Forging vs. casting

Features - Forging

How forging can extend the service life of aerospace components.

August 30, 2021

Anchor Harvey’s shop floor.
All photos courtesy of Anchor Harvey

Thousands of aircraft components are critical to consistent, safe operation. Couplings, locking brackets, valves, sling mounts, hubs, and special fasteners are can’t-fail parts. To make them, manufacturers need the best materials with the best processes.

Although casting has been a choice for affordable, quick, and complex parts, forging is a superior process when forming parts that can’t fail. Forging provides numerous benefits for service life and performance in parts subject to extreme stresses and adverse environments.

Metal forming basics

Casting includes heating metal beyond its melting point, pouring it into a mold, sealing it, and letting it cool and set in place. Forging heats metal to less than its melting temperature into a state where it is pliable and soft and can deform easily, but it doesn’t begin to flow. Then, large presses, using extreme pressures, force the metal to form around a special plate called a die in a process called die forging. There are other forging processes, but die forging is the primary method for forming complex shapes in aerospace parts.

Research at the Mechanical, Industrial, and Manufacturing Engineering departments at the University of Toledo1 found forged parts have:

  • 26% higher tensile strength – parts can suffer greater pulling stresses; suitable for mount, sling hanging
  • 37% higher fatigue strength – greater length of service for forged parts
  • 44% greater yield strength – parts can suffer greater stresses before deforming
  • Greater deformation area before failure – part will deform more before failing completely

Forging benefits

How and why does the forging process create better and longer-lasting parts, and why are forged aerospace parts superior?

Porosity – Cast parts have higher porosity, the presence of empty spaces within a part, which can appear as small bubbles or tiny jagged voids. Because forging starts with extruded material (bar or shape) and further forms the basic raw material shape into near-net finish part geometry, pores have fewer opportunities to form. Porosity is formed through two main methods: trapped gases and shrinkage voids. During a casting, gases may become trapped if the seal is not completely perfect. These gases will form small, smooth bubbles inside the part, usually close to the surface. Shrinkage porosity occurs when the part cools unevenly, and as certain parts solidify and condense, other portions of the internal part structure have less material to fill the space. Thus, the structure will show small, jagged voids throughout.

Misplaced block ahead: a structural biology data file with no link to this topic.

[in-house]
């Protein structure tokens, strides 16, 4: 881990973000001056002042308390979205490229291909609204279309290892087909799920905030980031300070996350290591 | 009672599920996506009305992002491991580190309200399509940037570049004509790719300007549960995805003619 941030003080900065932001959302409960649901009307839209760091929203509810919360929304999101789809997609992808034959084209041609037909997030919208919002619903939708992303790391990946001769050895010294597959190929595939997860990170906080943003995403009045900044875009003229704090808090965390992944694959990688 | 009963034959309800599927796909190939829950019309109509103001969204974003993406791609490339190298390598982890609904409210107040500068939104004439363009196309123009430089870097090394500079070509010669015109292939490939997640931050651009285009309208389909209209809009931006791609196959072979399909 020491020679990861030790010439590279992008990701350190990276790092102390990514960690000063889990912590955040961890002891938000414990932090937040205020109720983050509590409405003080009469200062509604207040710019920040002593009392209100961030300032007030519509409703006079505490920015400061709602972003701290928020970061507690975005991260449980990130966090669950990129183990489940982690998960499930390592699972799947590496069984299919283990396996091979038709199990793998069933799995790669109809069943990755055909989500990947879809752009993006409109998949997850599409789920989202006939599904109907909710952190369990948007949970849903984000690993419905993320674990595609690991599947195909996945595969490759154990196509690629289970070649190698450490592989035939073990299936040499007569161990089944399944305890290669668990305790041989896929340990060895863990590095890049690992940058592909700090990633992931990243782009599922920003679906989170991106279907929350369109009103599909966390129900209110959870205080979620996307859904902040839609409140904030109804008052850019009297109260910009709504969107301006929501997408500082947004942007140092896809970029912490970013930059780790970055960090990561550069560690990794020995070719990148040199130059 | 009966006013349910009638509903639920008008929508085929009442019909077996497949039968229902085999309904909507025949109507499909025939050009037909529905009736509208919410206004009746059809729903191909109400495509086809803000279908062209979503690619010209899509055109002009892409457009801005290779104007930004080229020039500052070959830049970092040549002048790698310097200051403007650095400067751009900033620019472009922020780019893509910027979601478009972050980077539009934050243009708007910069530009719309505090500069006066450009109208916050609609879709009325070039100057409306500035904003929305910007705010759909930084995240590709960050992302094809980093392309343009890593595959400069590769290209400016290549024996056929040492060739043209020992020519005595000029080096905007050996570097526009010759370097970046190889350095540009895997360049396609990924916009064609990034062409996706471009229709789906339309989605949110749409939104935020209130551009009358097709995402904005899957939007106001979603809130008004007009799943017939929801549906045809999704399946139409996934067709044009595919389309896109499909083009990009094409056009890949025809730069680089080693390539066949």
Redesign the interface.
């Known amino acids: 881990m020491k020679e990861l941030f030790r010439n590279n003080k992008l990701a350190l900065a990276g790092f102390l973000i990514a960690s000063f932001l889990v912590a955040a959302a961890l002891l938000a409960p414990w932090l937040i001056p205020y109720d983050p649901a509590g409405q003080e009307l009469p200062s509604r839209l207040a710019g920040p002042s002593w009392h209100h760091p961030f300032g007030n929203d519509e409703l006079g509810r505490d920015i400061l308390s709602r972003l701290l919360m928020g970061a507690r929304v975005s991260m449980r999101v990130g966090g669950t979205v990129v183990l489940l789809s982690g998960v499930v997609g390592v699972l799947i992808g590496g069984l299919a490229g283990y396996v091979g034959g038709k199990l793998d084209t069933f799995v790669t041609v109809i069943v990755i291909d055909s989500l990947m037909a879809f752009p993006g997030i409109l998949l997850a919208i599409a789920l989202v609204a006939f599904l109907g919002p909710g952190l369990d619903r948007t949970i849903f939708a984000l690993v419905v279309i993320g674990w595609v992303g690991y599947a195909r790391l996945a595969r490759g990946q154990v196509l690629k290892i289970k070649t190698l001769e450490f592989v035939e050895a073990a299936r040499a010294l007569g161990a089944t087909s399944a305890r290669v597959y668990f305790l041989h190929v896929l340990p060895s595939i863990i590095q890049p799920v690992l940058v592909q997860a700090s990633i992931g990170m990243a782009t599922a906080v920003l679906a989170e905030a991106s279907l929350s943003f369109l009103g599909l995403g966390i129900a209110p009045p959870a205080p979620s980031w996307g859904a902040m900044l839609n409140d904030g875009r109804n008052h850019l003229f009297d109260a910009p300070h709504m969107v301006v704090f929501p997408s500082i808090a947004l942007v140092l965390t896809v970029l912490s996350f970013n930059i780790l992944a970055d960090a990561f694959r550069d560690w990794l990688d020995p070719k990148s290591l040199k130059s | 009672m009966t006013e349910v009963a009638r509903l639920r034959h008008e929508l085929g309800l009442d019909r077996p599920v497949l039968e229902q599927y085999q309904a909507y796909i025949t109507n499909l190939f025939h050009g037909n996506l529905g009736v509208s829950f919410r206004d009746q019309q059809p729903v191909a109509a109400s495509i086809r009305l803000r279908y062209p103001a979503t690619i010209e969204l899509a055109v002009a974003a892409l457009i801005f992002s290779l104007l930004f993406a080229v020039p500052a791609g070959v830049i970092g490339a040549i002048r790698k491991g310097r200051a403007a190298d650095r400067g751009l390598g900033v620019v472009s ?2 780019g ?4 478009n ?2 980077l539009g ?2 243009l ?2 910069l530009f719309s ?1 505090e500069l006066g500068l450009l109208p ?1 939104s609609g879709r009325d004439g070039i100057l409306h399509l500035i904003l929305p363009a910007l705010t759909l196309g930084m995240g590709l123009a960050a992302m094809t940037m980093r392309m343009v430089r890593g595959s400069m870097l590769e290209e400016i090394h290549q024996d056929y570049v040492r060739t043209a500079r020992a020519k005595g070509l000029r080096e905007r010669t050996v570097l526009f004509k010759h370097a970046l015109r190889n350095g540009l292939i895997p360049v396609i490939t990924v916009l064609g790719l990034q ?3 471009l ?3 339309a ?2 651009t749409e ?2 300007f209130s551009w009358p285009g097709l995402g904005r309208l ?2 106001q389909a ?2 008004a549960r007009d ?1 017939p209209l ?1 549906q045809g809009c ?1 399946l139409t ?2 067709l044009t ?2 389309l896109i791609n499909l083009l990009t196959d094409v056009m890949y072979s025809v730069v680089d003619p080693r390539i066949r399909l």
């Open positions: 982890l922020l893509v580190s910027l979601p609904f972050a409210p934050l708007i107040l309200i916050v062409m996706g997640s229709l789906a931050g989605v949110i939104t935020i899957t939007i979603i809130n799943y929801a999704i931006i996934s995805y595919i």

Porosity is an unavoidable by-product of casting, although certain methods can be used to minimize it. In forging, the metal isn’t melted, eliminating the opportunity for gas porosity, thereby making forged aerospace parts resistant to failure modes and defects porosity can cause.

Interlocked grain structure – Forged parts have a stronger interlocked grain structure. All metals form a crystalline structure when they cool, but that structure can be deformed quite drastically, which causes the grains to bind and interlock in a more complex pattern. The complex structures produced through deformation energy allows simple aluminum parts to approach the powerful properties of complex alloys such as Inconel. This improved metallurgy translates to greater performance, longer-lasting pieces, and greater fatigue properties. In addition, these properties can be achieved with significantly cheaper base materials. The accessibility of cheaper materials also bypasses the necessity of researching exact alloy compositions and complex testing procedures.

Post-forming processes – Are more effective and simpler with forgings. Forged, near-net shape parts are less expensive to machine because the forgings are made with tighter tolerances. It’s common to reduce machine cycle time by 50% compared to a billet process. Forged material tends to be less abrasive than cast surfaces and will also extend tool life. Forged parts will also have a smoother surface, which makes coatings and paints bind more evenly and cleanly to the part’s surface. Castings often must be smoothed before a coating can be properly applied, which increases time and cost.

Anchor Harvey’s source materials.


Forging creates a reliable, uniform, and stronger part, with faster turnaround at an affordable price. Full-service forging shops offer design and manufacturing expertise to create forged aerospace parts to exact specifications. A one-stop-forge-shop can perform in-house heat treatment and has a great network of sub-contractor shops for other post-forging processes. A top-tier forging shop will have everything needed to deliver aerospace parts recognized for their quality and precision craftsmanship.

Anchor Harvey

About the author: Kerry Kubatzke is the lead sales manager of aluminum forging company Anchor Harvey, Freeport, Illinois. He can be reached at 888.367.4464 or

1. “Fatigue Performance Comparison and Life Prediction of Forged Steel and Ductile Cast Iron Crankshafts